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The Politics of Value

Three Movements to Change How We Think about the Economy

The Politics of Value

Three Movements to Change How We Think about the Economy

The Great Recession not only shook Americans’ economic faith but also prompted powerful critiques of economic institutions. This timely book explores three movements that gathered force after 2008: the rise of the benefit corporation, which requires social responsibility and eschews share price as the best metric for success; the emergence of a new group, Slow Money, that fosters peer-to-peer investing; and the 2011 Wisconsin protests against a bill restricting the union rights of state workers.

Each case shows how the concrete actions of a group of citizens can prompt us to reflect on what is needed for a just and sustainable economic system. In one case, activists raised questions about the responsibilities of business, in the second about the significance of local economies, and in the third about the contributions of the public sector. Through these movements, Jane L. Collins maps a set of cultural conversations about the types of investments and activities that contribute to the health of the economy. Compelling and persuasive, The Politics of Value offers a new framework for viewing economic value, one grounded in thoughtful assessment of the social division of labor and the relationship of the state and the market to civil society.


“Through the prism of value, Collins shines a bright light on vernacular economics in the United States since 2008. She attends to the possibilities of what is emergent without euphoric embrace: this is not an account of neoliberal logics on the point of collapse. It is engaged political, economic, social, and cultural analysis at its best:  grounded, lucid, and timely.”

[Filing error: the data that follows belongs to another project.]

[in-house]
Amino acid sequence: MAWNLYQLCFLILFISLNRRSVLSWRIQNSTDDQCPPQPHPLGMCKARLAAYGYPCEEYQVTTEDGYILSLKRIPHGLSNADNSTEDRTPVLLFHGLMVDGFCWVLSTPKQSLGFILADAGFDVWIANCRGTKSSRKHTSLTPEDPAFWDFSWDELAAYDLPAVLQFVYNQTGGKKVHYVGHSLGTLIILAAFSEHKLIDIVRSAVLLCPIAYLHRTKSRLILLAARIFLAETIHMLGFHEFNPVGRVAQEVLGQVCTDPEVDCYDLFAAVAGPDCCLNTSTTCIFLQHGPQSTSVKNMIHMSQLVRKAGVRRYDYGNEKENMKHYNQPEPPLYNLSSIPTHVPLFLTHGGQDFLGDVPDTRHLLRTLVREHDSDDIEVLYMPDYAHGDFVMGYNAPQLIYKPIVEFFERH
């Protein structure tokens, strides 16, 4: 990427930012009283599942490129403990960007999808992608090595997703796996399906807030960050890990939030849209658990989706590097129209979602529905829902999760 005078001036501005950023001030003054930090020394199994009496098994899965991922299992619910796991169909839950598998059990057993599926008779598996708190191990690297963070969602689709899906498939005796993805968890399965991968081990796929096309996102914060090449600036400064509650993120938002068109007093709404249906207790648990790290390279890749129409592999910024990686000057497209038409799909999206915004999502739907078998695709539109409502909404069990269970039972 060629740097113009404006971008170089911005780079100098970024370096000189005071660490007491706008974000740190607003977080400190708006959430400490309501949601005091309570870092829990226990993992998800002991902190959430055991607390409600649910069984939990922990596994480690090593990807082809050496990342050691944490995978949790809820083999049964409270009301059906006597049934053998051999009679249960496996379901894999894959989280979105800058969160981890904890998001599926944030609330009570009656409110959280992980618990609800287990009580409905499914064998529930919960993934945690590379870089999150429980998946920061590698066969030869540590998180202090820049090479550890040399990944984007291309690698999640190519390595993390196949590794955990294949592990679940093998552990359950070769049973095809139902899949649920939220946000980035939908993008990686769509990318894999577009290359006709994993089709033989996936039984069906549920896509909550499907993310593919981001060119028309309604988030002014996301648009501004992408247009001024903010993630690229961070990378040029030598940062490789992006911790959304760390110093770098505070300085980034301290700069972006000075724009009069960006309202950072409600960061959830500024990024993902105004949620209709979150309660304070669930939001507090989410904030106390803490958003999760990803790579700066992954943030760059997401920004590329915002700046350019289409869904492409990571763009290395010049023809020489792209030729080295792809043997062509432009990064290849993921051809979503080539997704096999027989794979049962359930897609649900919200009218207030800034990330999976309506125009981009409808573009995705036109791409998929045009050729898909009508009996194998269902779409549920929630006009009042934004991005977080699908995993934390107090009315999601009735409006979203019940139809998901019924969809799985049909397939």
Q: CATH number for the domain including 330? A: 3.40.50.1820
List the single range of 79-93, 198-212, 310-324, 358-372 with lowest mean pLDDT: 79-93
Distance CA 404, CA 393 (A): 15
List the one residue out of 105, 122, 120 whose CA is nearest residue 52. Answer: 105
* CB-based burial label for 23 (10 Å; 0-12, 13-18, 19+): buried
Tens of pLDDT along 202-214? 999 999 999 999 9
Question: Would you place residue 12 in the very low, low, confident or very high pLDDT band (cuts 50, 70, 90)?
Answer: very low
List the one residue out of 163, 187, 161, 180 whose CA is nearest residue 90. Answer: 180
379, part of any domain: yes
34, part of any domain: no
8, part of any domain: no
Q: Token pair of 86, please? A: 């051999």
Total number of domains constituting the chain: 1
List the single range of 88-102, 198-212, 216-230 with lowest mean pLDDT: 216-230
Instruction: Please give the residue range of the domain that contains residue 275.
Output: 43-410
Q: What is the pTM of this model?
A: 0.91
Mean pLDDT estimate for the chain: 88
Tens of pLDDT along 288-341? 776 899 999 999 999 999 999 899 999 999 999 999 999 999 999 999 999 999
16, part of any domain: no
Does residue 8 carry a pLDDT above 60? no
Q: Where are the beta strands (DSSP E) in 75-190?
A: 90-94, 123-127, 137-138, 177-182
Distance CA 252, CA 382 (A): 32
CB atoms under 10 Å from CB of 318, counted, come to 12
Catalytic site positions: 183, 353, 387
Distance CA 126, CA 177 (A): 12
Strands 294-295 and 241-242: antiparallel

Tania Li, author of Land’s End: Capitalist Relations on an Indigenous Frontier

The Politics of Value is a brilliant contribution to current economic debates. Through a rich and persuasive analysis of three diverse reform movements, Collins reveals ongoing debates about which economic activities are productive and which are unproductive. She makes a powerful case for the radical possibilities of a politics of revaluation.”

Fred Block, coauthor of The Power of Market Fundamentalism: Karl Polanyi’s Critique

“Collins has provided us with an enlightening survey of innovative ways to structure a capitalist economy.”

Dean Baker, author of The End of Loser Liberalism: Making Markets Progressive

"The Politics of Value speaks to how diverse members of the various groups of intellectuals as well as ordinary people attempted to deal with the challenges of the great recession of 2008. Collins reveals that the great recession led many to mount monumental criticisms against the diverse economic institutions of that time....Exploiting her knowledge and understanding of these movements, Collins isolates and thoroughly discusses the prevailing cultural conversations regarding the various types of investment and the degree to which they impacted the ongoing economic health of the people who were directly involved in them. Recommended."


"The Politics of Value constitutes a fascinating examination of the growing, yet largely understudied, contestation of the dominance of market fundamentalism in American life. . . . there is much to commend about The Politics of Value.”

American Journal of Sociology

Table of Contents

Chapter 1.  Introduction
Chapter 2.  Value and the Social Division of Labor
Chapter 3.  Benefit Corporations: Reimagining Corporate Responsibility
Chapter 4.  Slow Money: The Value of Place
Chapter 5.  Value and the Public Sector
Chapter 6.  Conclusion: Comparing the Three Revaluation Projects

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